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Clare
Clare

Day 5: Kotor

Our plan for today was to explore Kotor, so we were able to have a bit of a lie-in until 07.30, before heading down the steps towards the sea to buy bread. Having breakfast on our balcony with a view across the Bay of Kotor was beautiful, although we were slightly disappointed to find that there was not just one cruise ship but two cruise ships in the town this morning!

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Kotor is only a small place and it was clear that each cruise ship held several thousand passengers, so it had the potential to get very busy in the old town indeed. For that reason, when we walked into town after breakfast we decided to skip the main gate and walk along the outside of the town walls to the Gurdić gate at the south of the end of the town. I figured there would be fewer people going in this way, and happily I was right :)

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As we walked through the gate, we realised there was a place where we could climb up onto the walls...

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...and have a better view out across the bay.

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We walked through some of the narrow streets of the old town...

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...and saw the first of many churches which we were going to encounter in Kotor that day.

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We also came across sign saying "Ulaz u tvrđavu", pointing towards the entrance to Kotor's fortress. I know from past visits to Kotor that the climb to the top of this fortress is a very tiring experience, especially on a hot sunny day, so we hadn't been planning to do it. When we were standing there we started to feel tempted though... and the entrance fee was only €3... so in the end we decided to pay it and just go part of the way up.

We bought our tickets and began the climb. The list of rules was slightly concerning, especially the part about encountering reptiles!

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This was a different entrance to the fortress to the one which I have used when I've climbed it on previous occasions, and the path started off quite gently. We didn't have to climb far before we already had a great view of the harbour...

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...as well as a great view of one of the huge cruise ships, of course!

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Rather than just being relentless stone steps, this route took us along the mountainside via a more conventional path for a while. We had a great view of the mountains.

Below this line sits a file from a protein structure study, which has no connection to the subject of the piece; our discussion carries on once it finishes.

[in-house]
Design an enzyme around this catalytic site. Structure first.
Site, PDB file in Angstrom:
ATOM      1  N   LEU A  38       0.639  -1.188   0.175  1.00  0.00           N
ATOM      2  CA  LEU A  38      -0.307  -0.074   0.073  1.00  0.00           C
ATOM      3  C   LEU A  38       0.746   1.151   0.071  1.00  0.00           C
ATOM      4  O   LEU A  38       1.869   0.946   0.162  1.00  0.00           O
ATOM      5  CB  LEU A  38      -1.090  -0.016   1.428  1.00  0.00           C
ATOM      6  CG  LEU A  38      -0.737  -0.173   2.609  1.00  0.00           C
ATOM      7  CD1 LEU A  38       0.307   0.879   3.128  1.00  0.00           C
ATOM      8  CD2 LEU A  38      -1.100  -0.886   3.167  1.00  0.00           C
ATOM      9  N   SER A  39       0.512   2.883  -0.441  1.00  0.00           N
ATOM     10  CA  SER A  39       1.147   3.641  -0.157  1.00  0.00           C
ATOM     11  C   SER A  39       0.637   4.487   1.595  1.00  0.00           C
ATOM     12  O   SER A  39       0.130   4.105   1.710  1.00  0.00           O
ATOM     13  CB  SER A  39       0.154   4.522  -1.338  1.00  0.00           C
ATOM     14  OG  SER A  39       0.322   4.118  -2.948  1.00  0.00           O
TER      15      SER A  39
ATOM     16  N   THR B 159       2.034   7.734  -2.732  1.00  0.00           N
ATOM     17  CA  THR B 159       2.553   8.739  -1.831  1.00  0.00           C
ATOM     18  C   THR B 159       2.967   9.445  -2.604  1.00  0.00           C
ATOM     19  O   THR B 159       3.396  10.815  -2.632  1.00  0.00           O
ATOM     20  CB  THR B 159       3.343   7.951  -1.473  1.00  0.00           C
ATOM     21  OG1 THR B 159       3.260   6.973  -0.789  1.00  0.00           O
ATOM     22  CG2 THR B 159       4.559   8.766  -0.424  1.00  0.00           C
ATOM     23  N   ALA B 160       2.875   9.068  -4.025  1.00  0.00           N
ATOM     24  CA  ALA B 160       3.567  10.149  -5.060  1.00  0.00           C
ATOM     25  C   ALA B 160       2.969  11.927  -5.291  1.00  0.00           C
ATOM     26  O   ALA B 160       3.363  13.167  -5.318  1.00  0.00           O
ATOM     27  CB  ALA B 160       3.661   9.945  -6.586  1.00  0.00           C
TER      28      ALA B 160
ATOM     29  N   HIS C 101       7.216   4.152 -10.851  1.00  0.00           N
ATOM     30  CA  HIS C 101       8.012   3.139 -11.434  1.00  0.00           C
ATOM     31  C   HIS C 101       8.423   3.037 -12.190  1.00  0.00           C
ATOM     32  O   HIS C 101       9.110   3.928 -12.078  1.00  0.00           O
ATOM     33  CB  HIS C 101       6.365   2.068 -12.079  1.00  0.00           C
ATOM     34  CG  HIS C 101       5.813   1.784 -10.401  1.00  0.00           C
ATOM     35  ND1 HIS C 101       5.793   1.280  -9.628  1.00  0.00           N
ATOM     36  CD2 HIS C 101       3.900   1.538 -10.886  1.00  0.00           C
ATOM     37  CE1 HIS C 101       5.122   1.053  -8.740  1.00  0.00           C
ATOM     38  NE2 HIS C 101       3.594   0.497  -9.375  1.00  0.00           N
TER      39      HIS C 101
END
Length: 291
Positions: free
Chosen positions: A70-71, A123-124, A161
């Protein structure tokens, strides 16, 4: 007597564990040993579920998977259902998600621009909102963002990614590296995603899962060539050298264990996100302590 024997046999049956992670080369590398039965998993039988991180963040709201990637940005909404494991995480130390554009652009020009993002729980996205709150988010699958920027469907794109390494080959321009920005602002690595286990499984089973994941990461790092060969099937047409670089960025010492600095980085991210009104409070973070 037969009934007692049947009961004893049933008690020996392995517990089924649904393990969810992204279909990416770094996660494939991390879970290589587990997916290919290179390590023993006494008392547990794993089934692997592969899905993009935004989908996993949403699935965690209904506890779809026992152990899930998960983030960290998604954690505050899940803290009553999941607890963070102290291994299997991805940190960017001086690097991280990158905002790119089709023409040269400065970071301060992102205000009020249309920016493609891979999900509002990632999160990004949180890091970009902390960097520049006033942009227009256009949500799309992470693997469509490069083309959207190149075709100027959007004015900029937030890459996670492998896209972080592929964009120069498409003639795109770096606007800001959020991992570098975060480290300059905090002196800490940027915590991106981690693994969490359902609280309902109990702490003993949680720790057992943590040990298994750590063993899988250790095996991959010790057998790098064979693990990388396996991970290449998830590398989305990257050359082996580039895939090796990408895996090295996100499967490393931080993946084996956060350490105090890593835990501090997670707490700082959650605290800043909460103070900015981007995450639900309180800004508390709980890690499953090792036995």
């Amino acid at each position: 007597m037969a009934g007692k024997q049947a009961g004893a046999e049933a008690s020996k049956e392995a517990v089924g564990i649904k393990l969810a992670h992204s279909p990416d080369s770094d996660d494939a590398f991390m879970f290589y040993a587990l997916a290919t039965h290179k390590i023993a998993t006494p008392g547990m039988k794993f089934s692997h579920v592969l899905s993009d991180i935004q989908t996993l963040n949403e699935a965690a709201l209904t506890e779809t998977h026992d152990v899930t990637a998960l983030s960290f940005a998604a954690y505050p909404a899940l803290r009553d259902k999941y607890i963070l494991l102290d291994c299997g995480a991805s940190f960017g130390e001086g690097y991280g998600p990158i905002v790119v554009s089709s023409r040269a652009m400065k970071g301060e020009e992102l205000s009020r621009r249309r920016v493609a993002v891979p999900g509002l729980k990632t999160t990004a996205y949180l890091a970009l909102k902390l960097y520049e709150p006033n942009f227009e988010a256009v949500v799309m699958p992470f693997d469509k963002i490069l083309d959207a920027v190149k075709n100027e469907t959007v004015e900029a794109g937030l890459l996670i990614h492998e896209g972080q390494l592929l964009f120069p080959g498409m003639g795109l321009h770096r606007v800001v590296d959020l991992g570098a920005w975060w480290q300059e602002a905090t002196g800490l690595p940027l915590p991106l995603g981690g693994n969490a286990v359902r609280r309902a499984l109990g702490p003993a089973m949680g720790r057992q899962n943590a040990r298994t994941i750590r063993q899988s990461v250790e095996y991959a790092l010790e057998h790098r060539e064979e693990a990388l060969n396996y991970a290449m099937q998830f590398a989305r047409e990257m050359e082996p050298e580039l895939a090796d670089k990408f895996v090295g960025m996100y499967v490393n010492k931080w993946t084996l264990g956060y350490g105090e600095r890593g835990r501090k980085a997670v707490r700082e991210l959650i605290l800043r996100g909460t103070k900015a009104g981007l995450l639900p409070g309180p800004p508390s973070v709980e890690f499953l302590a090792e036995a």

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For a while we walked alongside a high wall, where we could peer through narrow windows to the town below. In this picture you can just make out Kotor's huge Serbian Orthodox church.

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Eventually we came to a flattish viewpoint area, where the path we had been walking on joined with the steeper path I've taken before. Only one path led upwards from here, and so it was time for us to tackle the rocky steps which I remember so well from previous visits. Climbing up them was hard work, but with every corner that we turned we could see further and further out into the bay.

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In addition to trying to avoid dying from exhaustion/sunstroke/an encounter with a reptile, one of the major challenges today was that the path was incredibly busy! One of the cruise ships, which seemed to be Norwegian, was evidently having a shore excursion for some passengers to go to the top of the fortress. They must have started out quite early, because as we were trying to come up the steps they were streaming down in groups. Because the steps are so narrow, and in places the stony path alongside them is too steep to step across onto, we kept having to wait until there was a break in the crowd to be able to get onto steps at all. This did give us a good opportunity to catch our breath though.

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After a while we began to have a fantastic view down onto the red roofs of Kotor's old town.

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We were all getting pretty tired by this point, but decided to keep going until we reached the church, which is perhaps just under halfway up. This is the Crkva Gospe od Zdravlja...

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...and this is the amazing view it has.

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We were thrilled to have got this far up, and once we'd taken some pictures of the view, took advantage of the cool shade inside the church to recover for a bit, before deciding that this was definitely as high as we were going to go today and beginning our descent. As we set off back down the steps, we kept peering up the mountainside behind us to see how far from the church we had come.